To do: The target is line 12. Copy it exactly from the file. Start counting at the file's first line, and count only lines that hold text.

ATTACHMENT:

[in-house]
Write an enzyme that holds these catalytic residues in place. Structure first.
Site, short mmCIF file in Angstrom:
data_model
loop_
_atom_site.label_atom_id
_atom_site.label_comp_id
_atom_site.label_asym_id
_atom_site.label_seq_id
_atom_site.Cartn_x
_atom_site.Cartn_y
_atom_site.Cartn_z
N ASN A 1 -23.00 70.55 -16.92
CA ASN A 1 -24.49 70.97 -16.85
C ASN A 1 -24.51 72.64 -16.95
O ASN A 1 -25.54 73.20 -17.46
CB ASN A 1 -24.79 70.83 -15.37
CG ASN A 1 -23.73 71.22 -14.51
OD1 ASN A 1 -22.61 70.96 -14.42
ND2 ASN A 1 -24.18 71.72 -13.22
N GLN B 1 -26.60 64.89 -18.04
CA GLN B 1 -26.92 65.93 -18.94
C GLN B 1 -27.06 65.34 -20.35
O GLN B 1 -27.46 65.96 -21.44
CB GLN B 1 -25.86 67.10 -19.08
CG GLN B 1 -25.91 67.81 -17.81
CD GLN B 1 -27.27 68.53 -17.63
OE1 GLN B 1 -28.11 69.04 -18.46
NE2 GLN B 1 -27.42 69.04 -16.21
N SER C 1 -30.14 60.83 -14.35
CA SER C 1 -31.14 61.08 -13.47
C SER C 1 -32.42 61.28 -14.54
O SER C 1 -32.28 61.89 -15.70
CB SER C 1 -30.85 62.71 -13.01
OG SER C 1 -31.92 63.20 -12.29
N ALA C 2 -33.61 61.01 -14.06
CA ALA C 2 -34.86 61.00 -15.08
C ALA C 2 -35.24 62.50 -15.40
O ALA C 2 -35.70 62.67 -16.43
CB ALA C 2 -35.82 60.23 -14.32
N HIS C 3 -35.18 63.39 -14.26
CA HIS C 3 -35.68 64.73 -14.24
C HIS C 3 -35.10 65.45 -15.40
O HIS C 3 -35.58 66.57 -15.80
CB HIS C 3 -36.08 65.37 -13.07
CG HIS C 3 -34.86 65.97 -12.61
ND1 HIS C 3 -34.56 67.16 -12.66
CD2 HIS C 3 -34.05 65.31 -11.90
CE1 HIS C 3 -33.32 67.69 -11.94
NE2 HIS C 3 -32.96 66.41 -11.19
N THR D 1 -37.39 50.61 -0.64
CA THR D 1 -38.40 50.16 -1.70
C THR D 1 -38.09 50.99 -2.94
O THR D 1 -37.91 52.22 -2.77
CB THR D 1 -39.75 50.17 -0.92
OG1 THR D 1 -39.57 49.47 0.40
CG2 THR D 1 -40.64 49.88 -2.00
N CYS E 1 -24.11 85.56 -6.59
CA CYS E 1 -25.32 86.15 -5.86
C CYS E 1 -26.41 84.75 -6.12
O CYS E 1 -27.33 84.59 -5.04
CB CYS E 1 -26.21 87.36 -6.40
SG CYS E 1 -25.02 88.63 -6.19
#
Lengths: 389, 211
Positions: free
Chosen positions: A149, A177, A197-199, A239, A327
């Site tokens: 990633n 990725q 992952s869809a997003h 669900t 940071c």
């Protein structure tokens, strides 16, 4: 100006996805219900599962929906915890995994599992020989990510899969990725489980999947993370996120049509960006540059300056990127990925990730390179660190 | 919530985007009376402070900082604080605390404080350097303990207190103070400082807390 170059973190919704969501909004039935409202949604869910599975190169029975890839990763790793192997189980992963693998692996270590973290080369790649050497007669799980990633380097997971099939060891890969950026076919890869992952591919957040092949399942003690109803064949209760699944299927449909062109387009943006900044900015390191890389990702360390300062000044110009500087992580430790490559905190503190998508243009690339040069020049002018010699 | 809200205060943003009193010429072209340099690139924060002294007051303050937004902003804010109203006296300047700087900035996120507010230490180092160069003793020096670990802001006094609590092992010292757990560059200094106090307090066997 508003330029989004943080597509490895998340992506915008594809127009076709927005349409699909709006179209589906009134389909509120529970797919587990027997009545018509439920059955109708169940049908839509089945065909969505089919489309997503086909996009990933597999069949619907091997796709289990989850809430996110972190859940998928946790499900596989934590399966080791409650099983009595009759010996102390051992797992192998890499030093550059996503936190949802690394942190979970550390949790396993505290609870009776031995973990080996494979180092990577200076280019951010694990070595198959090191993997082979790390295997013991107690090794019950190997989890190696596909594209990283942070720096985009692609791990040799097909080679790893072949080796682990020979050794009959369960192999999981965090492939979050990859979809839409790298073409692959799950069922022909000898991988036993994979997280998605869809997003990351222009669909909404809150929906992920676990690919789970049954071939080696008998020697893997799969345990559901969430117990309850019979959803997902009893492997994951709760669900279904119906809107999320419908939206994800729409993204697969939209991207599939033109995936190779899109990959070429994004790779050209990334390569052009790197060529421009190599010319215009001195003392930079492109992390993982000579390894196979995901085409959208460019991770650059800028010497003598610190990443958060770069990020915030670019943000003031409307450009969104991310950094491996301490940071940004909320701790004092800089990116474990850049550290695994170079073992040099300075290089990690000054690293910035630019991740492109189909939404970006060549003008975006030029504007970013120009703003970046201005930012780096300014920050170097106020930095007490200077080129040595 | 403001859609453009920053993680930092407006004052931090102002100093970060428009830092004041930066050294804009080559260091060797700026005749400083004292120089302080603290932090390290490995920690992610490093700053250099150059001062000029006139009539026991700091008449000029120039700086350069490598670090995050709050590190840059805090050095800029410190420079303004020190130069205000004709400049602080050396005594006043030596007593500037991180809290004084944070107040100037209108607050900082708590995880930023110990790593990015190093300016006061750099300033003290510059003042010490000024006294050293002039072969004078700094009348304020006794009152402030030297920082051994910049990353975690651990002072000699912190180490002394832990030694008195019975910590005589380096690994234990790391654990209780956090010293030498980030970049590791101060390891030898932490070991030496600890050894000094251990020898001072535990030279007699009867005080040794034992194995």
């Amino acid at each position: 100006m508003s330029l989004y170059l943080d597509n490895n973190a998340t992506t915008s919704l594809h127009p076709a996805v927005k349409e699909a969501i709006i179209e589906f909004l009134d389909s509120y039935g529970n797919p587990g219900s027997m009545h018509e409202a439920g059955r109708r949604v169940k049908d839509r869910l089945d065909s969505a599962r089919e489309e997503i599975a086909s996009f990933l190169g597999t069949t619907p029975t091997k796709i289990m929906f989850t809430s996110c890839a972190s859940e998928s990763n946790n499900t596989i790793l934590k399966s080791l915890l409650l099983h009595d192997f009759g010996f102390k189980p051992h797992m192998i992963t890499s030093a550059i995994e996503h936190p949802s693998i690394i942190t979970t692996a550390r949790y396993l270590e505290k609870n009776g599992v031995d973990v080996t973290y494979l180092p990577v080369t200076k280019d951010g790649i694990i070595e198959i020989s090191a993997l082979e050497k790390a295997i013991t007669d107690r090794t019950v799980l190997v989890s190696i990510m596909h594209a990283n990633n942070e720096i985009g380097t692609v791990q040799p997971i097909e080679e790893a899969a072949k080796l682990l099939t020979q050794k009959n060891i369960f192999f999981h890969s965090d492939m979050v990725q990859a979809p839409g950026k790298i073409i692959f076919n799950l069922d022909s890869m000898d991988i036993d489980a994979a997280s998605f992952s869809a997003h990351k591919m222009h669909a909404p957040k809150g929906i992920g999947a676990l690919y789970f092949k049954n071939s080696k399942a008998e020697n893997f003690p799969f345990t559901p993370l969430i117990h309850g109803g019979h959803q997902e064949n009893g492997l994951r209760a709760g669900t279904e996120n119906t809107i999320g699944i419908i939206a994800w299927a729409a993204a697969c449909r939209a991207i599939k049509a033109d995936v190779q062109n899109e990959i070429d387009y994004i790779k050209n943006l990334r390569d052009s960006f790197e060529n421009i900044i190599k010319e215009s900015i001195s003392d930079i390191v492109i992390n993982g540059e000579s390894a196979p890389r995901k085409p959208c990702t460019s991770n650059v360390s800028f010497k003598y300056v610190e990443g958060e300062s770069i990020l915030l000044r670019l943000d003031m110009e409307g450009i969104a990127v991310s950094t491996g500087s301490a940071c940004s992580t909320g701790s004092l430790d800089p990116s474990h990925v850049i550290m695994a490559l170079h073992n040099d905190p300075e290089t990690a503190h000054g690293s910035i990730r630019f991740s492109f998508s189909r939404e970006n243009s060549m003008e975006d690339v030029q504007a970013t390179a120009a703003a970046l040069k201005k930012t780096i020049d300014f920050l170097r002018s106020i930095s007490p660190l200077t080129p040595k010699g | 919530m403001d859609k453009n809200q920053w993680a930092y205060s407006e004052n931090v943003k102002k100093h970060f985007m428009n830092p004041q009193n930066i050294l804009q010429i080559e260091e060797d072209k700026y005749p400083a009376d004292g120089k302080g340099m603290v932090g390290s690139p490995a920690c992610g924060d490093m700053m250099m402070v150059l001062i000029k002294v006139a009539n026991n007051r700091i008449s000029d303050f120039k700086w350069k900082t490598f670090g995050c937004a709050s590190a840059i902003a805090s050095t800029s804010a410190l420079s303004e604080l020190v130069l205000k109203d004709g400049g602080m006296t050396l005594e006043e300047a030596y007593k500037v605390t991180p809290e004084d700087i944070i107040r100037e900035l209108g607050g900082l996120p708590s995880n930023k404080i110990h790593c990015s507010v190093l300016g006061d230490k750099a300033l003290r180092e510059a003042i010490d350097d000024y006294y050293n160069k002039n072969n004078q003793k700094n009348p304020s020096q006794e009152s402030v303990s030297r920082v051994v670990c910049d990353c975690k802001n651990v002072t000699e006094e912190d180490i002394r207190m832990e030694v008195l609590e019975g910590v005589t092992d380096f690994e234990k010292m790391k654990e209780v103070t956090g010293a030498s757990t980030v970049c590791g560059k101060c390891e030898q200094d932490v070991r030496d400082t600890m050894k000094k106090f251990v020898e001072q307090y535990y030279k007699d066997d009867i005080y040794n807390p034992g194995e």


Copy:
_atom_site.Cartn_z